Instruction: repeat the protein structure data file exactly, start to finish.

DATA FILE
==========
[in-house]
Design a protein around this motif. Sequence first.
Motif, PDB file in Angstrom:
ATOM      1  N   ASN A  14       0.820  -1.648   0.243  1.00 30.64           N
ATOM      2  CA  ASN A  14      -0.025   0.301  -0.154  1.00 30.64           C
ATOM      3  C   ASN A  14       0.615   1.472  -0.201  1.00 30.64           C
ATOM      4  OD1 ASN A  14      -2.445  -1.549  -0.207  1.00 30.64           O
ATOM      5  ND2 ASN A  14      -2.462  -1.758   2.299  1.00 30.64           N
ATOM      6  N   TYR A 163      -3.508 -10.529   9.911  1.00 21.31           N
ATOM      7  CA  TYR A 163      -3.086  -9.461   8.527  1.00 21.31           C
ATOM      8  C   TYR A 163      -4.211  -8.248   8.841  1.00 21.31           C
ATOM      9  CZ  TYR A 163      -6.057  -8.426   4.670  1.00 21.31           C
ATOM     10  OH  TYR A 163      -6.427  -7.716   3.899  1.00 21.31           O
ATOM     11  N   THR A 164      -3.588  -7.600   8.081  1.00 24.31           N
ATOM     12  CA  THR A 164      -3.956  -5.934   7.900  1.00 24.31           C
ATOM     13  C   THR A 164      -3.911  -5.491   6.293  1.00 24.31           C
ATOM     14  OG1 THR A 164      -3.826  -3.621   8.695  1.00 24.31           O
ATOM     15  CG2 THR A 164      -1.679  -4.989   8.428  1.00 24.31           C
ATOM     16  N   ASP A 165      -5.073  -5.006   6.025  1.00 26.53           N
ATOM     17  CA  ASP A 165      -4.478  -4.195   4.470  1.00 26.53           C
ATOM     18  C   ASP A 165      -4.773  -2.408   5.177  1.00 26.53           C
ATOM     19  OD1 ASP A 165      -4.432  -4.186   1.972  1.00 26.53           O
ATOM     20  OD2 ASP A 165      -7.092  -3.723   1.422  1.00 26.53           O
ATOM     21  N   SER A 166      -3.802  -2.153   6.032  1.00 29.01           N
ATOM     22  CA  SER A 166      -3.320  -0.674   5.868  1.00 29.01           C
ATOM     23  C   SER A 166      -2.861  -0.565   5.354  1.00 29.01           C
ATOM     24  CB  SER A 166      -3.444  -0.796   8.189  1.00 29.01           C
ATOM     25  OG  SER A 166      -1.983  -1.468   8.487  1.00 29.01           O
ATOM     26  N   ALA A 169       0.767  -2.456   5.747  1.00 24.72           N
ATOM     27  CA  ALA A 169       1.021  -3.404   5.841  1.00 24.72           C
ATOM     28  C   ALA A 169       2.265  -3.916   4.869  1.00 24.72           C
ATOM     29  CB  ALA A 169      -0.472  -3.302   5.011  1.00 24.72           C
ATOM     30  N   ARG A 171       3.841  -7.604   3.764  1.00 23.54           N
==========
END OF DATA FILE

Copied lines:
[in-house]
Design a protein around this motif. Sequence first.
Motif, PDB file in Angstrom:
ATOM      1  N   ASN A  14       0.820  -1.648   0.243  1.00 30.64           N
ATOM      2  CA  ASN A  14      -0.025   0.301  -0.154  1.00 30.64           C
ATOM      3  C   ASN A  14       0.615   1.472  -0.201  1.00 30.64           C
ATOM      4  OD1 ASN A  14      -2.445  -1.549  -0.207  1.00 30.64           O
ATOM      5  ND2 ASN A  14      -2.462  -1.758   2.299  1.00 30.64           N
ATOM      6  N   TYR A 163      -3.508 -10.529   9.911  1.00 21.31           N
ATOM      7  CA  TYR A 163      -3.086  -9.461   8.527  1.00 21.31           C
ATOM      8  C   TYR A 163      -4.211  -8.248   8.841  1.00 21.31           C
ATOM      9  CZ  TYR A 163      -6.057  -8.426   4.670  1.00 21.31           C
ATOM     10  OH  TYR A 163      -6.427  -7.716   3.899  1.00 21.31           O
ATOM     11  N   THR A 164      -3.588  -7.600   8.081  1.00 24.31           N
ATOM     12  CA  THR A 164      -3.956  -5.934   7.900  1.00 24.31           C
ATOM     13  C   THR A 164      -3.911  -5.491   6.293  1.00 24.31           C
ATOM     14  OG1 THR A 164      -3.826  -3.621   8.695  1.00 24.31           O
ATOM     15  CG2 THR A 164      -1.679  -4.989   8.428  1.00 24.31           C
ATOM     16  N   ASP A 165      -5.073  -5.006   6.025  1.00 26.53           N
ATOM     17  CA  ASP A 165      -4.478  -4.195   4.470  1.00 26.53           C
ATOM     18  C   ASP A 165      -4.773  -2.408   5.177  1.00 26.53           C
ATOM     19  OD1 ASP A 165      -4.432  -4.186   1.972  1.00 26.53           O
ATOM     20  OD2 ASP A 165      -7.092  -3.723   1.422  1.00 26.53           O
ATOM     21  N   SER A 166      -3.802  -2.153   6.032  1.00 29.01           N
ATOM     22  CA  SER A 166      -3.320  -0.674   5.868  1.00 29.01           C
ATOM     23  C   SER A 166      -2.861  -0.565   5.354  1.00 29.01           C
ATOM     24  CB  SER A 166      -3.444  -0.796   8.189  1.00 29.01           C
ATOM     25  OG  SER A 166      -1.983  -1.468   8.487  1.00 29.01           O
ATOM     26  N   ALA A 169       0.767  -2.456   5.747  1.00 24.72           N
ATOM     27  CA  ALA A 169       1.021  -3.404   5.841  1.00 24.72           C
ATOM     28  C   ALA A 169       2.265  -3.916   4.869  1.00 24.72           C
ATOM     29  CB  ALA A 169      -0.472  -3.302   5.011  1.00 24.72           C
ATOM     30  N   ARG A 171       3.841  -7.604   3.764  1.00 23.54           N